Pigeon and dove infestations are becoming an increasingly common problem in our cities. Species of pigeons and doves that just a few decades ago were not present in our territory (or were only present in forests, crops, and rural areas) have migrated to urban environments.
Pigeon and dove infestations thrive in cities. In urban settings, these birds find easy access to food, numerous sources of water, nesting areas, and a lack of predators. All of this contributes to the rapid growth of their populations.
The three most common pigeon and dove infestations are:
Other species of pigeons and doves also present in Spain, but not as common, include:
Rock Pigeon Infestations – The most common pigeon species in cities
The most common pigeon infestation in our cities is that of the rock pigeon (Columba livia), also called the domestic pigeon.
It is the typical urban pigeon that we see in cities everywhere. It is gray in color and can be easily distinguished from other pigeon species by the two black lines that can be seen on its wings when perched.
To nest, reproduce, and protect themselves from the cold in winter and excessive heat in summer, these pigeon infestations usually choose old or abandoned buildings, roofs of industrial warehouses, or terraces of vacant apartments…
The main reasons why these pigeon infestations are increasing their population in cities are:
- Rock pigeons become fertile at six months of age
- They lay numerous clutches per year, from March to October
- They are perfectly adapted to urban environments
- In cities, they easily find the food, shelter, and water they need to survive and reproduce
Wood Pigeon or Ring Dove – The pigeon species that migrated from the countryside to nest in the city
The wood pigeon, or simply ring dove (Columba Palumbus), is easily recognizable because it has a characteristic white patch on both sides of its neck.
The wood pigeon was, until recently, a species typical of the countryside, impossible to spot in cities. However, for the past few decades, the wood pigeon has migrated from the countryside to the city, becoming, like the rock pigeon, an urban pigeon species.
Like rock pigeons, wood pigeons nest and reproduce in the city. But, unlike rock pigeons, wood pigeons usually feed in the countryside. In cities, you can see flocks of wood pigeons that leave for nearby fields in the mornings in search of food: acorns, seeds, cereal grains, plant buds…
Eurasian Collared Dove Infestations – Still more of a countryside species than a city dweller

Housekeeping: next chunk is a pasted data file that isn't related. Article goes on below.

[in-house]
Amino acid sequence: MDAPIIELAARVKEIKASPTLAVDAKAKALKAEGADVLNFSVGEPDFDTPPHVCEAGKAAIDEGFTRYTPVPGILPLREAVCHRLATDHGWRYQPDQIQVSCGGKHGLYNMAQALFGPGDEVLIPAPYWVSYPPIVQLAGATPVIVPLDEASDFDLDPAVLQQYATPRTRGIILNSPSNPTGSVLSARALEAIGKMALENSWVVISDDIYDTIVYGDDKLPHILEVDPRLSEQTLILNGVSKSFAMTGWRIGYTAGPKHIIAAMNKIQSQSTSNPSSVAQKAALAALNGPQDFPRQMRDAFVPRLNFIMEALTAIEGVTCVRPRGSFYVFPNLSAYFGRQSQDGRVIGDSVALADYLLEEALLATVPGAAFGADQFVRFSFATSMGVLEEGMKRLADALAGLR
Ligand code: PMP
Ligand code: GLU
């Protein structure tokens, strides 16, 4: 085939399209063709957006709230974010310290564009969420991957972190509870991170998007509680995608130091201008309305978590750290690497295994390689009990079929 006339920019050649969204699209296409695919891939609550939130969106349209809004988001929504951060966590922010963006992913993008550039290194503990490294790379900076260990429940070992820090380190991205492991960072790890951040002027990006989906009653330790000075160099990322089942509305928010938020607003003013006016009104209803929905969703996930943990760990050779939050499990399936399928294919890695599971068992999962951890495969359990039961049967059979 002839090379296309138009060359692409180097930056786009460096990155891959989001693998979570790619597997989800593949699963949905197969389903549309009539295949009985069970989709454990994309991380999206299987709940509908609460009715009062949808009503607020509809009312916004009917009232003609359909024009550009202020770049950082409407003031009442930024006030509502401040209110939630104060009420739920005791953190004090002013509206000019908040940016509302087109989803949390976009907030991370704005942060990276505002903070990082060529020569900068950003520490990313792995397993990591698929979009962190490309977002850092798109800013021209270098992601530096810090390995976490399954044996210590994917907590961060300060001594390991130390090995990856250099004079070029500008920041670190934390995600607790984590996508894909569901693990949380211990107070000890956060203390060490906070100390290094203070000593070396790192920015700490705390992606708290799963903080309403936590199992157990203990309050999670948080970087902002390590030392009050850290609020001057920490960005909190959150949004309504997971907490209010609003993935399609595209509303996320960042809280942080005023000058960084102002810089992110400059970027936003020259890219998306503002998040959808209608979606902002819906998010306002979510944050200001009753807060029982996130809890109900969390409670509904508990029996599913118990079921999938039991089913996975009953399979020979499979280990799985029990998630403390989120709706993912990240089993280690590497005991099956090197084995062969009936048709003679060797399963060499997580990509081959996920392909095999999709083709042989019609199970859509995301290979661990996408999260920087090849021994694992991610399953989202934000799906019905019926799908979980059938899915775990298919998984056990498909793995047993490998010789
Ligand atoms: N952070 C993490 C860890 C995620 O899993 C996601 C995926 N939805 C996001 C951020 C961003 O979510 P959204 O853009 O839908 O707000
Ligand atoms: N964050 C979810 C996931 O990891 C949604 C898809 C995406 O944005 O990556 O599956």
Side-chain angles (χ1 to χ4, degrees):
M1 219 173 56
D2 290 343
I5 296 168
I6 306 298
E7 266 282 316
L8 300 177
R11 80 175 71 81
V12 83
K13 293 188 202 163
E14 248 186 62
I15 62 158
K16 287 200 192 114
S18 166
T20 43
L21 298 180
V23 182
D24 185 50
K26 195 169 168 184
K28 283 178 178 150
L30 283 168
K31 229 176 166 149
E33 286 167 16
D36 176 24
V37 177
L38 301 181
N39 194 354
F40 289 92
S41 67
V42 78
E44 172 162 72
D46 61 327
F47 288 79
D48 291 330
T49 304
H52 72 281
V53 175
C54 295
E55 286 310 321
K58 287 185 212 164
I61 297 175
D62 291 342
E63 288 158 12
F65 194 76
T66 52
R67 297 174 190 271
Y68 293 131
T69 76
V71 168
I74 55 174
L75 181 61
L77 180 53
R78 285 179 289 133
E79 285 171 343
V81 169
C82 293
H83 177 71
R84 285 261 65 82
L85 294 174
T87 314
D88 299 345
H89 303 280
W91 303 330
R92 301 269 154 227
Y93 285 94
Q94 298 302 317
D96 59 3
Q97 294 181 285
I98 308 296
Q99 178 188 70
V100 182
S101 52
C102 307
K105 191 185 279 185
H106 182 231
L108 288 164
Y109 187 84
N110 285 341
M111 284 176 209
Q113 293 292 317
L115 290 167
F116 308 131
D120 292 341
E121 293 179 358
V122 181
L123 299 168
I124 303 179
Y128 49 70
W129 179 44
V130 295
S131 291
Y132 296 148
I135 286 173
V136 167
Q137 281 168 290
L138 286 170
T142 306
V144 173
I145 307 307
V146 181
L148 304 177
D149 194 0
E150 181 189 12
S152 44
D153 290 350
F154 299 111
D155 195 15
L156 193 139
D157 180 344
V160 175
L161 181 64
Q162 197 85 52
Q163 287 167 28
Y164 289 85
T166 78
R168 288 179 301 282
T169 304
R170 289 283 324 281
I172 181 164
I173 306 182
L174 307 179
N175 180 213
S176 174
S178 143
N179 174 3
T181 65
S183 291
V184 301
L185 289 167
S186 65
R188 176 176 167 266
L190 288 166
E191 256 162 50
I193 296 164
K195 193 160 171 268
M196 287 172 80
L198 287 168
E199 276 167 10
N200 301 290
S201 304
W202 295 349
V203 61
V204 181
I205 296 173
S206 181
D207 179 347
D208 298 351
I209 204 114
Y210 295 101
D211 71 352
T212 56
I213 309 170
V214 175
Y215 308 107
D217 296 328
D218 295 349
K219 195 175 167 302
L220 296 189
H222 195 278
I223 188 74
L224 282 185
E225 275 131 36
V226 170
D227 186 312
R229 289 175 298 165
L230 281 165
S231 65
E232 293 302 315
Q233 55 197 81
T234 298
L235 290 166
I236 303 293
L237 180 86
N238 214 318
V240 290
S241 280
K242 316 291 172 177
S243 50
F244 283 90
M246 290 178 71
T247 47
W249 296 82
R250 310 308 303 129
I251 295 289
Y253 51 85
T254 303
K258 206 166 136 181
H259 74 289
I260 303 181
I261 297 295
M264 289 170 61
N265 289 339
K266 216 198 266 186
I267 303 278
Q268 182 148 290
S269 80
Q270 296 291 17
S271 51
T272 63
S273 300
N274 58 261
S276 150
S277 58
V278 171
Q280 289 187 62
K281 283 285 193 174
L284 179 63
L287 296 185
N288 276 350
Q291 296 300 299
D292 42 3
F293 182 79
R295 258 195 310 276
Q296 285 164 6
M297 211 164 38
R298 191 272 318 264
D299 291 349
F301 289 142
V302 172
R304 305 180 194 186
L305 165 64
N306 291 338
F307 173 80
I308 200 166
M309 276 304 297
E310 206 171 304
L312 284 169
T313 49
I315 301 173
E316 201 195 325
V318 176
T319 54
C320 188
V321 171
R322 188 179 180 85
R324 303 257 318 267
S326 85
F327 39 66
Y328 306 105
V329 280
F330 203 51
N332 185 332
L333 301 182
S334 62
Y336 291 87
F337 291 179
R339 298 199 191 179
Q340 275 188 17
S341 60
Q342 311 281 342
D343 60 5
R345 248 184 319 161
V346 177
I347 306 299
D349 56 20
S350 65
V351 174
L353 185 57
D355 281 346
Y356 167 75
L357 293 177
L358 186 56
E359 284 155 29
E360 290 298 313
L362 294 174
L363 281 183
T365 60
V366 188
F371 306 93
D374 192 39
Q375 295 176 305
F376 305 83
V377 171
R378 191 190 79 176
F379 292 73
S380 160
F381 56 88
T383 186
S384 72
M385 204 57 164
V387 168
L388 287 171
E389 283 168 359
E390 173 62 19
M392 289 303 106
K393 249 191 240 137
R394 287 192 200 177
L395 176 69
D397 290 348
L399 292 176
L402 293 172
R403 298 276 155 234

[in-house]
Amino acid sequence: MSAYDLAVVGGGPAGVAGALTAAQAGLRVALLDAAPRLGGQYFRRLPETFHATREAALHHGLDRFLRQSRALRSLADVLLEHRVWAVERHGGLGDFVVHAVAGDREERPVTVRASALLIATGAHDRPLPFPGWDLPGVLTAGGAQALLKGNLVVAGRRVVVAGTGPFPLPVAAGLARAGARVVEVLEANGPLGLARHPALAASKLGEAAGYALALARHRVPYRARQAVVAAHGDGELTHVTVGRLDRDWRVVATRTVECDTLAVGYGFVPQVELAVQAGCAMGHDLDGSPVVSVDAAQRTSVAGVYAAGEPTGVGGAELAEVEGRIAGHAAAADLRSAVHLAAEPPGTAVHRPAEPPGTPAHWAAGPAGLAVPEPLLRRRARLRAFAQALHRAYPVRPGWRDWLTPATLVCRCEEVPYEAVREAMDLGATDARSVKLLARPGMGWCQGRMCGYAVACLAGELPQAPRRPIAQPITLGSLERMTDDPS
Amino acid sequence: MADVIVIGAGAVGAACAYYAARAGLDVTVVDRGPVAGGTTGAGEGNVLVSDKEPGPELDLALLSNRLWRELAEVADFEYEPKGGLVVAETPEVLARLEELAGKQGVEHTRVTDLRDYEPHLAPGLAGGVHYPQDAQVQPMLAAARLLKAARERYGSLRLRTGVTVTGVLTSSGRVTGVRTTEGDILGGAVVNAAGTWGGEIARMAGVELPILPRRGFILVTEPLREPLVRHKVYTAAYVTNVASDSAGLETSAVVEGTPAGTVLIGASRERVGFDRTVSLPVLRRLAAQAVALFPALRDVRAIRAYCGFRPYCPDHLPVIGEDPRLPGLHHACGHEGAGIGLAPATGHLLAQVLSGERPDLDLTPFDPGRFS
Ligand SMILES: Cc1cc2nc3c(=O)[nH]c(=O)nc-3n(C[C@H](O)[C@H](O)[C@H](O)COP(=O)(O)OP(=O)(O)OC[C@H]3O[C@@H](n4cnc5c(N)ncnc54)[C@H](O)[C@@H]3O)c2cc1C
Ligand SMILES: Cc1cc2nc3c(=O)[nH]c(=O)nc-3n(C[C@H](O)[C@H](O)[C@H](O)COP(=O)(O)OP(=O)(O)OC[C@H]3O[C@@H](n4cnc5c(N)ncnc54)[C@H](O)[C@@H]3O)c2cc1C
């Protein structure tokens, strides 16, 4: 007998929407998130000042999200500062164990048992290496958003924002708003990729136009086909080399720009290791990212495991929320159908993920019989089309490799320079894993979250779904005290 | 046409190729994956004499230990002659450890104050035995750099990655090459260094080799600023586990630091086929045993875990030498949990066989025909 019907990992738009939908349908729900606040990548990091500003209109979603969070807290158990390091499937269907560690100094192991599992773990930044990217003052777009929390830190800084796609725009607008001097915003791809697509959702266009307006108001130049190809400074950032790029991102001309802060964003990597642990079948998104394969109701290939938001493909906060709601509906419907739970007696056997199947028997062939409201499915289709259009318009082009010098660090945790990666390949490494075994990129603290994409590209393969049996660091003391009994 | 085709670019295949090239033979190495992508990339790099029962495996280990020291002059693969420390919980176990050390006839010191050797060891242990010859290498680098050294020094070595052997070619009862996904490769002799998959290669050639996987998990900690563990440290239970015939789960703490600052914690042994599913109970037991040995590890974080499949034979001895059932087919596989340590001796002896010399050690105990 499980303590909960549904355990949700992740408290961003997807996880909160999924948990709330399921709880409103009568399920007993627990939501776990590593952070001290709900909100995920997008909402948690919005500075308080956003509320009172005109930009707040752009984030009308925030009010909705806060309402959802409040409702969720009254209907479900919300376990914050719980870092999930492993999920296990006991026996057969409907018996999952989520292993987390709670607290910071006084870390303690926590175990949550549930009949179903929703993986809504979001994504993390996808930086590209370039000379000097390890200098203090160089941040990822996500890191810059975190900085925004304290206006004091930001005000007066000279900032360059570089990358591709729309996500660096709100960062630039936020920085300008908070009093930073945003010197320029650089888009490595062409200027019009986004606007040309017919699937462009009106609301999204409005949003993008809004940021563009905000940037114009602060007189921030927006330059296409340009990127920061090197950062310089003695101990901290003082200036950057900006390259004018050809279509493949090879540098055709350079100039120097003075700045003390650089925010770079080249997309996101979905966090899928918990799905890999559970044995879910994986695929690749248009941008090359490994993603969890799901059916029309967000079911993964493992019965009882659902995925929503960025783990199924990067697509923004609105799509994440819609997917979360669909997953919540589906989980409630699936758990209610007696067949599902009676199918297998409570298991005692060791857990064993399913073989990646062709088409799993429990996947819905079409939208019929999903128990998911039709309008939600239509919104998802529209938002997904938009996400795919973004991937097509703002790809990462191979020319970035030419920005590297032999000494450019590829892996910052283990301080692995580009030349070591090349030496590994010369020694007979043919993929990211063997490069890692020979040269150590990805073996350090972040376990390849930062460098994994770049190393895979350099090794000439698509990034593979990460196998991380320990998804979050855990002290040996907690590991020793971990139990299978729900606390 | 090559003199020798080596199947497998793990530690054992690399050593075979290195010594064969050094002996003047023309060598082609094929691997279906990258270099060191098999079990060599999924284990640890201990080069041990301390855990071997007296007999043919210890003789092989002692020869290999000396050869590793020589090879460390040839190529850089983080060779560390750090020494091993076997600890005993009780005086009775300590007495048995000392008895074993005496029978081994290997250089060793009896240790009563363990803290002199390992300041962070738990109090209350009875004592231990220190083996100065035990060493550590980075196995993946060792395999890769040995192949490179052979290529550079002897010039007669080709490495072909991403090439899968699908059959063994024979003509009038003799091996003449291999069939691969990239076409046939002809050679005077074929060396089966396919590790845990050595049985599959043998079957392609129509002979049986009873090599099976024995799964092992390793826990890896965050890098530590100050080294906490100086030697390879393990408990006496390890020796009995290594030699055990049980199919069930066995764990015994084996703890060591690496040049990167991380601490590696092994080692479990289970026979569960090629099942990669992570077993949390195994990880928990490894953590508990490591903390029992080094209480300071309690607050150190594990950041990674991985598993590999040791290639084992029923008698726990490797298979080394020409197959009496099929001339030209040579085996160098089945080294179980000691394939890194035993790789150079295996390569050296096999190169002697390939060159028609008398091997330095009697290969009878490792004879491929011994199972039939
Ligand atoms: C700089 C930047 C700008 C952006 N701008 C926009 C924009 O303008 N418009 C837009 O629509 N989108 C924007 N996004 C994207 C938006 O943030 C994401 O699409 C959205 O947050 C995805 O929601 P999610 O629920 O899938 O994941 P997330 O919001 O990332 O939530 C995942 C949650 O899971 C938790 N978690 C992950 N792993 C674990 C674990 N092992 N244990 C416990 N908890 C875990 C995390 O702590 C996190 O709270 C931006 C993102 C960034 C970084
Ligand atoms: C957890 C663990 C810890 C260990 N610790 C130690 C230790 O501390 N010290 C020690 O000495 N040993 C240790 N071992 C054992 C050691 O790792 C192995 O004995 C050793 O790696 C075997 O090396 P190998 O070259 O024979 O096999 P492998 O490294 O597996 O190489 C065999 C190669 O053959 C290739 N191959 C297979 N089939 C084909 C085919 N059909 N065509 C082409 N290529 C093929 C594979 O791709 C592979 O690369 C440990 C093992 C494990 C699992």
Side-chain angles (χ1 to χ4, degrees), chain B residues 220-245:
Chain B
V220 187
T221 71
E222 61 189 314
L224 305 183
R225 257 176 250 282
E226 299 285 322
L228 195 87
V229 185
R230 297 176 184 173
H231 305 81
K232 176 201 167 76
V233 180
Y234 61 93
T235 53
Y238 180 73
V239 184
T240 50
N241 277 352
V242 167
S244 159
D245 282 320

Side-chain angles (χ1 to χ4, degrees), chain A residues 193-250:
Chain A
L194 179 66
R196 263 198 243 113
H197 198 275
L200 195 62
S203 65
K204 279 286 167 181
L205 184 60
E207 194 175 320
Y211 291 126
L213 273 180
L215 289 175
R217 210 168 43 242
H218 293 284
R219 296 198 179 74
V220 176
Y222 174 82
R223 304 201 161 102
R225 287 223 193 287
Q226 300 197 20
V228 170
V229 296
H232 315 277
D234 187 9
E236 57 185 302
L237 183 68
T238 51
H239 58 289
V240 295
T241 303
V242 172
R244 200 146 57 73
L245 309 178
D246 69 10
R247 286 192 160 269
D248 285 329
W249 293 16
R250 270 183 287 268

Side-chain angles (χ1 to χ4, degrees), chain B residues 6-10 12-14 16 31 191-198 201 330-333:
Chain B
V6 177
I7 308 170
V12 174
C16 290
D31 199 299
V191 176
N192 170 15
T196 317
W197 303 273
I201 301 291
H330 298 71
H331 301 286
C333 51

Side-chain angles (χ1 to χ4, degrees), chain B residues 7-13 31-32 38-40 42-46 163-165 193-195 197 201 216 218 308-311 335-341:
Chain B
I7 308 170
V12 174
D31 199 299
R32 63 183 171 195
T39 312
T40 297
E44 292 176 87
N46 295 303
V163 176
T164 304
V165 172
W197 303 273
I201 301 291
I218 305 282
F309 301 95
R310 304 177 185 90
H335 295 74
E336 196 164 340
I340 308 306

The Eurasian collared dove (Streptopelia decaocto) is easy to distinguish from other pigeon species because it has a creamy color and a characteristic black patch on its neck.
The Eurasian collared dove arrived in Spain in the 1970s. It has achieved a significant population increase and now we can find infestations of Eurasian collared doves throughout the Iberian Peninsula, including the Balearic and Canary Islands, where they cause significant damage to crops.
The Eurasian collared doves, like the wood pigeons, have migrated from their original habitat in the countryside. Now it is not uncommon to find them in city parks.
Stock Pigeons and Common Turtledoves – Less common species in cities
The stock pigeon (Columba Oenas) is bluish-gray in color. Unlike the rock pigeon, it does not have two black lines on its wings. And, unlike the wood pigeon, it does not have white patches on its neck. The stock pigeon is one of the species present in Spain, but it is not as common in cities.
The common turtledove (Streptopelia Turtur) or European turtledove is identified by the alternating white and black lines on its neck and orange and black patches on its wings. Like the stock pigeon, it is present in Spain but is less common in urban areas.
Problems caused by pigeon and turtledove infestations in cities
The adaptability that pigeons and turtledoves have achieved to survive in urban environments has facilitated their proliferation in cities.
Pigeon and turtledove infestations cause many problems in cities: dirt and damage to buildings, cars, sidewalks… and even public health problems.
More information on how to scare away pigeons
- How to repel pigeons. Good advice on the best anti-pigeon products to use in each case.
- Customer Reference – Inasur – Industria Avícola Sureña S.L. explains the problems they had with birds entering one of their warehouses and how they solved them.
- Customer Reference – Lourdes, from Pamplona shares her experience with the anti-pigeon repellent “AviFin Liquid”, to prevent pigeons from perching on windows.
- Problems with pigeons perching on antennas? Discover a good solution: the Eolo Scarecrow for Antennas.
- Pigeon droppings are an aesthetic and health issue. This article explains how to avoid pigeon droppings and how to clean them.
- Not all owl scarecrows are the same. This article provides two good tips for choosing an effective Owl Scarecrow.
- Discover what a Hawk Kite Scarecrow is and how it works.